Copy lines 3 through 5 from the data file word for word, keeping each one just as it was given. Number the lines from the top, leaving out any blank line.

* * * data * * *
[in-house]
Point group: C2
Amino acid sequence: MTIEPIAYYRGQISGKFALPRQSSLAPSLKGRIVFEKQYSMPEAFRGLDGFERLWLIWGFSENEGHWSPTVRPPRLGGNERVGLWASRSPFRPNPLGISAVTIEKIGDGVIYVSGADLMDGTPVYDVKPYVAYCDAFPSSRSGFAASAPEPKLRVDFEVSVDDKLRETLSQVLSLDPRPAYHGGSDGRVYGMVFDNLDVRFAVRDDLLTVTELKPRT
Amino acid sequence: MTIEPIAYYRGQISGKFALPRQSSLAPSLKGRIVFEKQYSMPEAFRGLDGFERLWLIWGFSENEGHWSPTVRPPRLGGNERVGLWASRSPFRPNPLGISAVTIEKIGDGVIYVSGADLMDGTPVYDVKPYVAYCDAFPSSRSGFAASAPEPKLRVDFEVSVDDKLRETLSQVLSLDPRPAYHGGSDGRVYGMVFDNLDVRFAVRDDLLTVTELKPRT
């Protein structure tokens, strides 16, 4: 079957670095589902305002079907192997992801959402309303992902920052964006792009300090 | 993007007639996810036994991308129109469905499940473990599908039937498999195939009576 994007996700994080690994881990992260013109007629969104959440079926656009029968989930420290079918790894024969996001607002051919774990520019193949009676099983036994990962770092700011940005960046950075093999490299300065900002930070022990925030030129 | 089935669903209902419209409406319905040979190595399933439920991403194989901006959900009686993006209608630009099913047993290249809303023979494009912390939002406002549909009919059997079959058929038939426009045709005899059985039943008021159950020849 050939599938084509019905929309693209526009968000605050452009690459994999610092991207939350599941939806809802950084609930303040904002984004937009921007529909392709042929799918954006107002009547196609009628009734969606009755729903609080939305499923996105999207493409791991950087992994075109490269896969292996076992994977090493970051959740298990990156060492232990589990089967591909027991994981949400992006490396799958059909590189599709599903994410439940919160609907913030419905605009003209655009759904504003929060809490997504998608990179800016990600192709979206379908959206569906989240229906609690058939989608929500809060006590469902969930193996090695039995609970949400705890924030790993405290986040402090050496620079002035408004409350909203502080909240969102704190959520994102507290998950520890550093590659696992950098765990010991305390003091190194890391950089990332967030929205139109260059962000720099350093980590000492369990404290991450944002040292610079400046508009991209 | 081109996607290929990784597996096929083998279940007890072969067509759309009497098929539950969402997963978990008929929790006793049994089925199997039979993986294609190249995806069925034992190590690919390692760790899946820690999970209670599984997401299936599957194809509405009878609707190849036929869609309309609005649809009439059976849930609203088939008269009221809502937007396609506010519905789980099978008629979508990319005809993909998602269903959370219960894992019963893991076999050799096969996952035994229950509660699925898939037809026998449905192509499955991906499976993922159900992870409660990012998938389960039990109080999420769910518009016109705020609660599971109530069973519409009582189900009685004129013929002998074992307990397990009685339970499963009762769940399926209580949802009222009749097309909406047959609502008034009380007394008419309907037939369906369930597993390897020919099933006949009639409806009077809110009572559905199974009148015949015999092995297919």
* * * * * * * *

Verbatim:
Amino acid sequence: MTIEPIAYYRGQISGKFALPRQSSLAPSLKGRIVFEKQYSMPEAFRGLDGFERLWLIWGFSENEGHWSPTVRPPRLGGNERVGLWASRSPFRPNPLGISAVTIEKIGDGVIYVSGADLMDGTPVYDVKPYVAYCDAFPSSRSGFAASAPEPKLRVDFEVSVDDKLRETLSQVLSLDPRPAYHGGSDGRVYGMVFDNLDVRFAVRDDLLTVTELKPRT
Amino acid sequence: MTIEPIAYYRGQISGKFALPRQSSLAPSLKGRIVFEKQYSMPEAFRGLDGFERLWLIWGFSENEGHWSPTVRPPRLGGNERVGLWASRSPFRPNPLGISAVTIEKIGDGVIYVSGADLMDGTPVYDVKPYVAYCDAFPSSRSGFAASAPEPKLRVDFEVSVDDKLRETLSQVLSLDPRPAYHGGSDGRVYGMVFDNLDVRFAVRDDLLTVTELKPRT
């Protein structure tokens, strides 16, 4: 079957670095589902305002079907192997992801959402309303992902920052964006792009300090 | 993007007639996810036994991308129109469905499940473990599908039937498999195939009576 994007996700994080690994881990992260013109007629969104959440079926656009029968989930420290079918790894024969996001607002051919774990520019193949009676099983036994990962770092700011940005960046950075093999490299300065900002930070022990925030030129 | 089935669903209902419209409406319905040979190595399933439920991403194989901006959900009686993006209608630009099913047993290249809303023979494009912390939002406002549909009919059997079959058929038939426009045709005899059985039943008021159950020849 050939599938084509019905929309693209526009968000605050452009690459994999610092991207939350599941939806809802950084609930303040904002984004937009921007529909392709042929799918954006107002009547196609009628009734969606009755729903609080939305499923996105999207493409791991950087992994075109490269896969292996076992994977090493970051959740298990990156060492232990589990089967591909027991994981949400992006490396799958059909590189599709599903994410439940919160609907913030419905605009003209655009759904504003929060809490997504998608990179800016990600192709979206379908959206569906989240229906609690058939989608929500809060006590469902969930193996090695039995609970949400705890924030790993405290986040402090050496620079002035408004409350909203502080909240969102704190959520994102507290998950520890550093590659696992950098765990010991305390003091190194890391950089990332967030929205139109260059962000720099350093980590000492369990404290991450944002040292610079400046508009991209 | 081109996607290929990784597996096929083998279940007890072969067509759309009497098929539950969402997963978990008929929790006793049994089925199997039979993986294609190249995806069925034992190590690919390692760790899946820690999970209670599984997401299936599957194809509405009878609707190849036929869609309309609005649809009439059976849930609203088939008269009221809502937007396609506010519905789980099978008629979508990319005809993909998602269903959370219960894992019963893991076999050799096969996952035994229950509660699925898939037809026998449905192509499955991906499976993922159900992870409660990012998938389960039990109080999420769910518009016109705020609660599971109530069973519409009582189900009685004129013929002998074992307990397990009685339970499963009762769940399926209580949802009222009749097309909406047959609502008034009380007394008419309907037939369906369930597993390897020919099933006949009639409806009077809110009572559905199974009148015949015999092995297919």